While December was quieter than the previous three months, as employers at U.S.-based companies announced plans to cut 43,884 workers from their payrolls during the month, the year-to-date total is nearly 29 percent higher than last year and the highest total since 2015, according to a report released Thursday by global outplacement and executive coaching firm Challenger, Gray & Christmas, Inc.
In 2018, 538,659 job cuts were announced, 28.6 percent higher than the 418,770 announced in 2017. This is the highest annual total since 598,510 cuts were recorded in 2015, and the second-highest total since 2011, when 606,082 cuts were announced.
During the final quarter of the year, employers announced 172,601 job cuts, 42.8 percent higher than the 120,879 recorded in the third quarter and 77.4 percent higher than the 97,292 announced in the same quarter last year. This is the highest quarterly total since the first quarter of 2016, when 180,920 cuts were announced (see Table 5).
Last month’s job cut total is 17.3 percent lower than the 53,073 cuts announced in November and 35.3 percent higher than the 32,423 cuts announced in the same month last year.
“We’ve seen a number of companies responding to changing consumer behavior this year, and with tax savings and a strong economy, making staffing decisions ahead of a potential downturn next year,” said Andrew Challenger, Vice President of Challenger, Gray & Christmas, Inc.
“While December did see some fallout from suppliers, especially in the Midwest after GM’s November decision to cut 14,000 workers and close five plants, the big story this year was in Retail,” he added.
Through December, retailers announced 98,563 cuts, 29.5 percent higher than the 76,084 announced last year. Retail cuts comprise 18.3 percent of all announced cuts this year.
Retailers began closing stores en masse in 2017, leading to large-scale layoff announcements through the end of this year. Challenger tracked 3,886 announced store closures from Retailers in 2018, after 9,801 announced closures in 2017.
Major job cut announcements in Retail came from Toys“R”Us, which closed its doors in March. Challenger tracked 30,000 cuts at that time due to the company’s bankruptcy. Meanwhile, Sears has been steadily cutting jobs and closing stores. Using WARN reports and local news stories, Challenger tracked 10,016 planned cuts at Sears and Kmart stores this year.
“While Retailers have made significant job cuts this year, the industry is also doing the bulk of hiring, albeit seasonally. It remains to be seen if Retailers cut these jobs in the New Year,” said Challenger.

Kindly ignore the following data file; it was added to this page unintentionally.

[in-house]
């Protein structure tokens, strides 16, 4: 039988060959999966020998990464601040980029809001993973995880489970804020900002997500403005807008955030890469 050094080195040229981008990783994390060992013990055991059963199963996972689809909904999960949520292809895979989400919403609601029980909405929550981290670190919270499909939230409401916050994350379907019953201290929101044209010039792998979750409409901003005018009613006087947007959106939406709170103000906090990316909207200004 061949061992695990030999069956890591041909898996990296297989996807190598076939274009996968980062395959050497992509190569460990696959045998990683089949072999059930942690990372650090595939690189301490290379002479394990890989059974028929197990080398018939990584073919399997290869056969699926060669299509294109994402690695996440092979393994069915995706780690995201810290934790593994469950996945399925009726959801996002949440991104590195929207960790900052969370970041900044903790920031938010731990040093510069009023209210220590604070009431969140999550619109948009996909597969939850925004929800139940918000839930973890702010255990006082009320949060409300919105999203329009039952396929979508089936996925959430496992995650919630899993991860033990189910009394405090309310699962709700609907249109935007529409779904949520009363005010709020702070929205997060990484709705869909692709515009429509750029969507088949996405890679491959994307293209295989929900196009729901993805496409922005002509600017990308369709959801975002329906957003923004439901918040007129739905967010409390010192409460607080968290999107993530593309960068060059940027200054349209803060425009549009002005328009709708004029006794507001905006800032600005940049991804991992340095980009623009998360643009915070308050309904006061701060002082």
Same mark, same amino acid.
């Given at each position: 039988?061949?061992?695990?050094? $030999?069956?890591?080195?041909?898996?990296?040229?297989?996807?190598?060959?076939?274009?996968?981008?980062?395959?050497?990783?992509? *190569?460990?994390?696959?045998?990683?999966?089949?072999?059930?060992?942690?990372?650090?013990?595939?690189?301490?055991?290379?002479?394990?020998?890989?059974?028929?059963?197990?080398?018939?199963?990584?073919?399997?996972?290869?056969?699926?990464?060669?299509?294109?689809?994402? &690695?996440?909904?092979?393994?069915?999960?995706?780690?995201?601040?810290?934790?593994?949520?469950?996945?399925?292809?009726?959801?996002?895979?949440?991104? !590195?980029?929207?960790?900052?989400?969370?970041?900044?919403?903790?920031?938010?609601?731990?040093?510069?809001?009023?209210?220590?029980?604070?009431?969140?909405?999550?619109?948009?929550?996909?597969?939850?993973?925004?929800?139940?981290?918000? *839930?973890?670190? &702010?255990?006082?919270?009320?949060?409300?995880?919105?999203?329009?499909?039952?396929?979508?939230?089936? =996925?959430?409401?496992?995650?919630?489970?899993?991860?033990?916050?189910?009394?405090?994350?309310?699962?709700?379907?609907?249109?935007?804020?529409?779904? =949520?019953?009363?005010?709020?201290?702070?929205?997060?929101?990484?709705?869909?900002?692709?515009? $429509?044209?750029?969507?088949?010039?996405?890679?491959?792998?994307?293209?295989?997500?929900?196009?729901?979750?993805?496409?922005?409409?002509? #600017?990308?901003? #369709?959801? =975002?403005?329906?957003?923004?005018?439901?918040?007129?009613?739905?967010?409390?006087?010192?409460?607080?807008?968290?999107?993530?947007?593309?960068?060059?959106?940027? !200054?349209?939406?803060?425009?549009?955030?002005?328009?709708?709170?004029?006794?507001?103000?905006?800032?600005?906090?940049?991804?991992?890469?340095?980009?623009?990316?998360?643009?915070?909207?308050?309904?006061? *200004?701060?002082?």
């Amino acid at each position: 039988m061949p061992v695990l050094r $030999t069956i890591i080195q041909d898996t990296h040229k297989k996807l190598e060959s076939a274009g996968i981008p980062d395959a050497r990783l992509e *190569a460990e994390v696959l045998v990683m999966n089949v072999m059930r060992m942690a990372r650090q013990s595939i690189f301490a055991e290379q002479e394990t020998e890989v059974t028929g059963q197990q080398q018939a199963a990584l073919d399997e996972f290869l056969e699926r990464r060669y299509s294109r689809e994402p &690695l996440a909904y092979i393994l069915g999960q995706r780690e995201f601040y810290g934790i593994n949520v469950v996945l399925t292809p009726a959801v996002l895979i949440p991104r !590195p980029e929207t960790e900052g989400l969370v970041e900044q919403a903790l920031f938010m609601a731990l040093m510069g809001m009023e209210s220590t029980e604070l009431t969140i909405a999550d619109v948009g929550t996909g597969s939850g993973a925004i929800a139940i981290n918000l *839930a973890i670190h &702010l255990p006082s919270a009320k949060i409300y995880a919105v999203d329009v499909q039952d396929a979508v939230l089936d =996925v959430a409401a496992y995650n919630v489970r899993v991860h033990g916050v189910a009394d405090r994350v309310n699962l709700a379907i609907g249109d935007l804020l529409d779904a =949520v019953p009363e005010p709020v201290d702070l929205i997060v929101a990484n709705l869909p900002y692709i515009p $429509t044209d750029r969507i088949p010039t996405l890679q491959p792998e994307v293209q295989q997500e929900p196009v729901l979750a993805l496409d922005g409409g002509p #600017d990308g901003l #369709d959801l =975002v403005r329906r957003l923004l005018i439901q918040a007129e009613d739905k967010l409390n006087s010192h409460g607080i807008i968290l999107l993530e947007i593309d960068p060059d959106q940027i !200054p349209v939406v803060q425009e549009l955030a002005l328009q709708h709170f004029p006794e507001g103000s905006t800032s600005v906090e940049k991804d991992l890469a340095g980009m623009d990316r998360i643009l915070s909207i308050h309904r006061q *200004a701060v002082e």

In fact, Retailers have announced 699,560 hiring plans in 2018, 439,000 of which were seasonal. Overall, companies announced 714,000 seasonal hiring plans, the most since Challenger began tracking in 2012.
“2018 saw a number of announcements due to shifting consumer demands brought on by new technologies, such as online shopping and mobile services, as well as from companies that are streamlining to incorporate this new tech,” said Challenger.
Companies in the Computer, Electronics, and Telecommunications industries, which make up Challenger’s Technology sector, have cut a total of 86,341 workers, 124 percent higher than the 38,508 announced in this sector in 2017.
“Shifts in technology are ultimately impacting all other industries, as companies pivot to integrate and benefit from these new tools. We’ve seen it in announcements from the Retail, Automotive, and Finance sectors,” said Challenger.
Impact of Tariffs, Government Regulations, and Natural Disasters
The majority of job cut announcements were due to companies restructuring, with 185,931 cuts were attributed to this reason. Another 145,298 were due to closings. Voluntary severance, such as buyouts or early retirement offers, claimed 48,745.
Challenger tracked 798 announced job cuts specifically due to enacted tariffs. Another 1,565 cuts were blamed on government regulations, either federal or local.
Meanwhile, Hurricane Michael was to blame for 800 cuts in Florida. The recent earthquake in Alaska claimed 40 jobs, while 27 workers were cut due to wildfires.
“It remains to be seen, especially as new trade deals continue to be negotiated and tariffs are lifted or further enforced, what the impact on job cuts will be. The large-scale job cut announcements due to these tariffs have yet to be announced, it seems,” said Challenger.
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